��SCHOOLS OF COMPOSITION.
�� ��entertained, that Purcell himself made a tran- | script of the work, in the days of his youth, for [ purposes of study. 1
Yet, even this was not enough to meet the demands of the age. Subsequent events proved that the King expected greater things than either Lawes or Lock could produce ; and he gained his end by a clever stroke of policy. Attracted by the evident talent of the new ' Children,' he encouraged them, not only to ging their best, but to make attempts at Com- position, also. An opportunity for testing their proficiency in this more difficult branch of Art was soon found. To celebrate a Victory over the Dutch Fleet,* a Thanksgiving Anthem was needed, at a few hours' notice. The news of the capture of the Enemy's ships arrived on a Satur- day; and, finding that the King expected the Music to be performed on the following day, the Composers attached to the Chapel unanimously declined the task of furnishing it. The Choir had, by this time, been reinforced by a second set of Choristers, among whom were Thomas Tudway, William Turner, and the greatest genius of the age, Henry Purcell. Such a company of Choir-Boys had probably never before, and has, certainly, never since, been gathered together. And its youthful members must have been well aware of their own value ; for three of them Humfrey, Blow, and Turner undertook the task which their elders had declined, and jointly pro- duced the so-called ' Club- Anthem,* 'I willalway give 'thanks,' Humfrey furnishing the first Move- ment, Turner the second, and Blow the concluding Chorus. This, at least, is the origin ascribed to that once-famous Composition, by Dr. Tudway : and, though the authority of his personal recollection must be weighed against certain chronological difficulties with which the subject is surrounded, 4 it is clear that the youth of the associated Com- posers tends in no wise to diminish the credibility of the story ; for, as early as Nov. 22, 1663, Pepys tells us that ' The Anthem was good after Ser- mon, being the sist Psalme, made for five Voices by one of Captain Cooke's Boys, a pretty Boy. And they say there are four or five of them that can do as much.* The ' pretty Boy ' was, in all probability, Pelham himself, then between 15 and 1 6 years old : and we are quite safe in regarding him, and his 'four or five* fellow-Choristers, as the true Founders of the School of the Restoration.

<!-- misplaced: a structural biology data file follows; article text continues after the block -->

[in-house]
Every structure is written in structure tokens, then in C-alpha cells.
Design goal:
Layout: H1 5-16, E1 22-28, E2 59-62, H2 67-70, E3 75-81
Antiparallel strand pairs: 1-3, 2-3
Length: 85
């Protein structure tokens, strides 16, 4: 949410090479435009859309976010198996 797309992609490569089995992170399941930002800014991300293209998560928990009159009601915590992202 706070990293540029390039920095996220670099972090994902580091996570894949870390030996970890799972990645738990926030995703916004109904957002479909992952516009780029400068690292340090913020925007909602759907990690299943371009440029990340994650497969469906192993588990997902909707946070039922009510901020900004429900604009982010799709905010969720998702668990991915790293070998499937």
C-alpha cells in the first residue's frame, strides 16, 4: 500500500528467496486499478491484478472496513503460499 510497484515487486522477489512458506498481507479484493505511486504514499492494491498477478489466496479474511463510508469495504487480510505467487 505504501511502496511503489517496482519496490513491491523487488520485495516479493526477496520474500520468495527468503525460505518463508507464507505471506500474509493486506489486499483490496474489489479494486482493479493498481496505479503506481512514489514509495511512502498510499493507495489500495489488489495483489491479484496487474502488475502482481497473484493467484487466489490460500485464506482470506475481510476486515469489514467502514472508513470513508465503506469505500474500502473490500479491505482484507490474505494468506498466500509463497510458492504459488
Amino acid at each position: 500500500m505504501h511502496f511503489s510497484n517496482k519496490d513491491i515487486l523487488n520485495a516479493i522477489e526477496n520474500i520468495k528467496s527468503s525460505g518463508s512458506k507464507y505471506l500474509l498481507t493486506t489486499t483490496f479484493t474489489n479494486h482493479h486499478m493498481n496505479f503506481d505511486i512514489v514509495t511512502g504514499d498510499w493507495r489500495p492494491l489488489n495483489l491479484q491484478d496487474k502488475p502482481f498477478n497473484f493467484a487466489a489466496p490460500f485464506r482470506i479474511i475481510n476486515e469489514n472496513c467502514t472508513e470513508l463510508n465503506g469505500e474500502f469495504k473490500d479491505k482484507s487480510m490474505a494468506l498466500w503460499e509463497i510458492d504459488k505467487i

The basis upon which this School was built was an entirely new Art-form, as original in its conception, and as purely English in its charac- ter, as the Glee. What the Motet was, to the School which preceded the change of Religion, and the Full- An them to that which immediately followed it, the Verse-Anthem was to the School we are now considering. Designed, in the first instance, to gratify King Charles's 'brisk and airy* taste, this new creation, notwithstanding
�� ��i See vol. 11. pp. 18S-185.
s Possibly, the capture of 136 Dutch vessels, in 1664. before war was actually declared.
3 A copy of this Anthem will be found In vol. ill. of the 'Tudway Collection,' In the British Museum.
See vol. 1. p. 757, note.